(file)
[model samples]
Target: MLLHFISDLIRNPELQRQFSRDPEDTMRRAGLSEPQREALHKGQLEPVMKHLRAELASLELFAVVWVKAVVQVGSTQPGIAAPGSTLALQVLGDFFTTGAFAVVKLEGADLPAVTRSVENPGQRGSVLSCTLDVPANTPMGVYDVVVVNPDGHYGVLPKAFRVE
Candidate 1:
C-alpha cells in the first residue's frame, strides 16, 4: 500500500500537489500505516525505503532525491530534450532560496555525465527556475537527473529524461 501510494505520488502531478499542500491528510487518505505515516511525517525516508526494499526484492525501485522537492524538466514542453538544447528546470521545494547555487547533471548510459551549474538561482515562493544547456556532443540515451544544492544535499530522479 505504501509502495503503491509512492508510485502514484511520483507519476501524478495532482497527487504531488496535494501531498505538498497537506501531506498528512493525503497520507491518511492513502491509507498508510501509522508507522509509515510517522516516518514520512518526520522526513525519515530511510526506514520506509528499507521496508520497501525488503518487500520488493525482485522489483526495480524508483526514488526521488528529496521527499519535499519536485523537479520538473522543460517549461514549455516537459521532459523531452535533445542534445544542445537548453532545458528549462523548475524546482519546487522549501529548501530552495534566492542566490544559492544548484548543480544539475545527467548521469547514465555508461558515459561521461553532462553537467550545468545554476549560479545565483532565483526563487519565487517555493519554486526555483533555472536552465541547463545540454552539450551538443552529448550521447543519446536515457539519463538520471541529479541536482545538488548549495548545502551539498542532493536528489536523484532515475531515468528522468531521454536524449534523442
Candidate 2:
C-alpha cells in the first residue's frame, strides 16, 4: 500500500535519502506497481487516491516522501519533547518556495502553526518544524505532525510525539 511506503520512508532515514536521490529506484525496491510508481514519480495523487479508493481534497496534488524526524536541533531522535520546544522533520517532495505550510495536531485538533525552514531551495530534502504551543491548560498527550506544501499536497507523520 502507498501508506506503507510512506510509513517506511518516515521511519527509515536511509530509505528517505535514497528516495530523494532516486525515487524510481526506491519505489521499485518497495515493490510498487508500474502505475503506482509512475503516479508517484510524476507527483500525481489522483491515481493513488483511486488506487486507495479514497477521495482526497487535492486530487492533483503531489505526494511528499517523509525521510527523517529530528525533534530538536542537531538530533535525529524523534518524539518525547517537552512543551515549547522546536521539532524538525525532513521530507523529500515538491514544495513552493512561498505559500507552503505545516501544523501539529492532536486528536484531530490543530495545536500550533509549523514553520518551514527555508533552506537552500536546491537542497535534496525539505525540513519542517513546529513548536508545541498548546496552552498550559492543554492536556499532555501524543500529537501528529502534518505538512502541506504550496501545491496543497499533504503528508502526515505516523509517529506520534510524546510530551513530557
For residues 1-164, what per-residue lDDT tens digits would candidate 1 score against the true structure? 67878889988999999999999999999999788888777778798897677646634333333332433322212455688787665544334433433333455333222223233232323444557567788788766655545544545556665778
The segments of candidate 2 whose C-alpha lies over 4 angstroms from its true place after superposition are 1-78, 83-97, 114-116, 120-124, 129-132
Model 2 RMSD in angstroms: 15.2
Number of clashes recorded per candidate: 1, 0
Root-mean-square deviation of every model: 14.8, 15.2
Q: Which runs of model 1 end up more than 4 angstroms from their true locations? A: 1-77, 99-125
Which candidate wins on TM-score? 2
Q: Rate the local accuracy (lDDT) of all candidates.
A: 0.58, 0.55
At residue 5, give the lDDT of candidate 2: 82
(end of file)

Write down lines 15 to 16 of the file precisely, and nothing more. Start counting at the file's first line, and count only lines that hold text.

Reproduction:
A: 0.58, 0.55
At residue 5, give the lDDT of candidate 2: 82